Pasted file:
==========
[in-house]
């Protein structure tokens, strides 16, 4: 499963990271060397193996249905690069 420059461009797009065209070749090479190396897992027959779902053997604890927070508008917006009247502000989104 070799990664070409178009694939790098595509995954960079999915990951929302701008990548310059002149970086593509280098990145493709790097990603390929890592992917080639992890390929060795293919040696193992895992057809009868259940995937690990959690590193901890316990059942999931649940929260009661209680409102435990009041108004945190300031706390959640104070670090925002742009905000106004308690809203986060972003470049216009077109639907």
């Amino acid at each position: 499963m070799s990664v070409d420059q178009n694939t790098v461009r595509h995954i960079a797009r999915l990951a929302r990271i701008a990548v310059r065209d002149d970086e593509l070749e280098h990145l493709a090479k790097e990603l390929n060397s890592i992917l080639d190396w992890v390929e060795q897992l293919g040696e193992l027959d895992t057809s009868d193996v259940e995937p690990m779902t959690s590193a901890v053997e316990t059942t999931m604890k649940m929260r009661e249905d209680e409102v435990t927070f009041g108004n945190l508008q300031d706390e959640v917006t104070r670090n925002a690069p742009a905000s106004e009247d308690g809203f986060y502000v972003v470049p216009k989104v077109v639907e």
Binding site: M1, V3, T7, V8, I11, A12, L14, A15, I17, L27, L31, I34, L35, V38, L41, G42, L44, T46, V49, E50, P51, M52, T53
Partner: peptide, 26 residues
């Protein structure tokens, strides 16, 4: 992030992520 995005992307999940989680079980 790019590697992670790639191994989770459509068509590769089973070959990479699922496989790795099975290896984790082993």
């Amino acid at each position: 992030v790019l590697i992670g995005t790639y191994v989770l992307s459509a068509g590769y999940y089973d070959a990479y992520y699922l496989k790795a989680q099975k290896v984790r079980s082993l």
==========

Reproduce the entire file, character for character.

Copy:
[in-house]
């Protein structure tokens, strides 16, 4: 499963990271060397193996249905690069 420059461009797009065209070749090479190396897992027959779902053997604890927070508008917006009247502000989104 070799990664070409178009694939790098595509995954960079999915990951929302701008990548310059002149970086593509280098990145493709790097990603390929890592992917080639992890390929060795293919040696193992895992057809009868259940995937690990959690590193901890316990059942999931649940929260009661209680409102435990009041108004945190300031706390959640104070670090925002742009905000106004308690809203986060972003470049216009077109639907």
């Amino acid at each position: 499963m070799s990664v070409d420059q178009n694939t790098v461009r595509h995954i960079a797009r999915l990951a929302r990271i701008a990548v310059r065209d002149d970086e593509l070749e280098h990145l493709a090479k790097e990603l390929n060397s890592i992917l080639d190396w992890v390929e060795q897992l293919g040696e193992l027959d895992t057809s009868d193996v259940e995937p690990m779902t959690s590193a901890v053997e316990t059942t999931m604890k649940m929260r009661e249905d209680e409102v435990t927070f009041g108004n945190l508008q300031d706390e959640v917006t104070r670090n925002a690069p742009a905000s106004e009247d308690g809203f986060y502000v972003v470049p216009k989104v077109v639907e």
Binding site: M1, V3, T7, V8, I11, A12, L14, A15, I17, L27, L31, I34, L35, V38, L41, G42, L44, T46, V49, E50, P51, M52, T53
Partner: peptide, 26 residues
């Protein structure tokens, strides 16, 4: 992030992520 995005992307999940989680079980 790019590697992670790639191994989770459509068509590769089973070959990479699922496989790795099975290896984790082993």
């Amino acid at each position: 992030v790019l590697i992670g995005t790639y191994v989770l992307s459509a068509g590769y999940y089973d070959a990479y992520y699922l496989k790795a989680q099975k290896v984790r079980s082993l």